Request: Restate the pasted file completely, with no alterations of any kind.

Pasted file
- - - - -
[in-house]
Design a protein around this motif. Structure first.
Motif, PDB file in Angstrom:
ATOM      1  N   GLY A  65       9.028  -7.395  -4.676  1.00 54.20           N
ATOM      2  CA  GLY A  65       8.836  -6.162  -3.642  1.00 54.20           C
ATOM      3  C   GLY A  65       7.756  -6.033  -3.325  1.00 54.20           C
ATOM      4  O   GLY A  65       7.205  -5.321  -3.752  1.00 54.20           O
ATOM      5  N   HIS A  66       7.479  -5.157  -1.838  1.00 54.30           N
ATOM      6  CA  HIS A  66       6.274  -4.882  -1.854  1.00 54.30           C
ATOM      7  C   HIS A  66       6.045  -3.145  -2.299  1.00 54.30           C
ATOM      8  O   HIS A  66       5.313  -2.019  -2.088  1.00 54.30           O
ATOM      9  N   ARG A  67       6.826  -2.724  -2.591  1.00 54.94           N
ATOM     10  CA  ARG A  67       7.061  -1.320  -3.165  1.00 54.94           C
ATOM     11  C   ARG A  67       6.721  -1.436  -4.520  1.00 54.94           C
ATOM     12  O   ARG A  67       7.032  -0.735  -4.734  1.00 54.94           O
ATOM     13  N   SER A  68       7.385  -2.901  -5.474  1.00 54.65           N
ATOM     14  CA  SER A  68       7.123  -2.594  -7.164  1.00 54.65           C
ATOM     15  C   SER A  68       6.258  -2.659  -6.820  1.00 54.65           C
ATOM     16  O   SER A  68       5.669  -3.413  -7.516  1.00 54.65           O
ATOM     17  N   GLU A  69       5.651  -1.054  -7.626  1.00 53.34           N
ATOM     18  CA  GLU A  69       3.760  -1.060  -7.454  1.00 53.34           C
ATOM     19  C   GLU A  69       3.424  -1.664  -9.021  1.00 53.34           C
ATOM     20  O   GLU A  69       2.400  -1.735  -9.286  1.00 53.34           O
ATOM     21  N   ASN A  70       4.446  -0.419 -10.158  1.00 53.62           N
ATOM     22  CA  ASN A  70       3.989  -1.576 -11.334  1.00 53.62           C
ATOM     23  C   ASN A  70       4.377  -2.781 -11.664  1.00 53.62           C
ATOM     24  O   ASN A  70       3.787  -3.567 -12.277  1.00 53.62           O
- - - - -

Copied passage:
[in-house]
Design a protein around this motif. Structure first.
Motif, PDB file in Angstrom:
ATOM      1  N   GLY A  65       9.028  -7.395  -4.676  1.00 54.20           N
ATOM      2  CA  GLY A  65       8.836  -6.162  -3.642  1.00 54.20           C
ATOM      3  C   GLY A  65       7.756  -6.033  -3.325  1.00 54.20           C
ATOM      4  O   GLY A  65       7.205  -5.321  -3.752  1.00 54.20           O
ATOM      5  N   HIS A  66       7.479  -5.157  -1.838  1.00 54.30           N
ATOM      6  CA  HIS A  66       6.274  -4.882  -1.854  1.00 54.30           C
ATOM      7  C   HIS A  66       6.045  -3.145  -2.299  1.00 54.30           C
ATOM      8  O   HIS A  66       5.313  -2.019  -2.088  1.00 54.30           O
ATOM      9  N   ARG A  67       6.826  -2.724  -2.591  1.00 54.94           N
ATOM     10  CA  ARG A  67       7.061  -1.320  -3.165  1.00 54.94           C
ATOM     11  C   ARG A  67       6.721  -1.436  -4.520  1.00 54.94           C
ATOM     12  O   ARG A  67       7.032  -0.735  -4.734  1.00 54.94           O
ATOM     13  N   SER A  68       7.385  -2.901  -5.474  1.00 54.65           N
ATOM     14  CA  SER A  68       7.123  -2.594  -7.164  1.00 54.65           C
ATOM     15  C   SER A  68       6.258  -2.659  -6.820  1.00 54.65           C
ATOM     16  O   SER A  68       5.669  -3.413  -7.516  1.00 54.65           O
ATOM     17  N   GLU A  69       5.651  -1.054  -7.626  1.00 53.34           N
ATOM     18  CA  GLU A  69       3.760  -1.060  -7.454  1.00 53.34           C
ATOM     19  C   GLU A  69       3.424  -1.664  -9.021  1.00 53.34           C
ATOM     20  O   GLU A  69       2.400  -1.735  -9.286  1.00 53.34           O
ATOM     21  N   ASN A  70       4.446  -0.419 -10.158  1.00 53.62           N
ATOM     22  CA  ASN A  70       3.989  -1.576 -11.334  1.00 53.62           C
ATOM     23  C   ASN A  70       4.377  -2.781 -11.664  1.00 53.62           C
ATOM     24  O   ASN A  70       3.787  -3.567 -12.277  1.00 53.62           O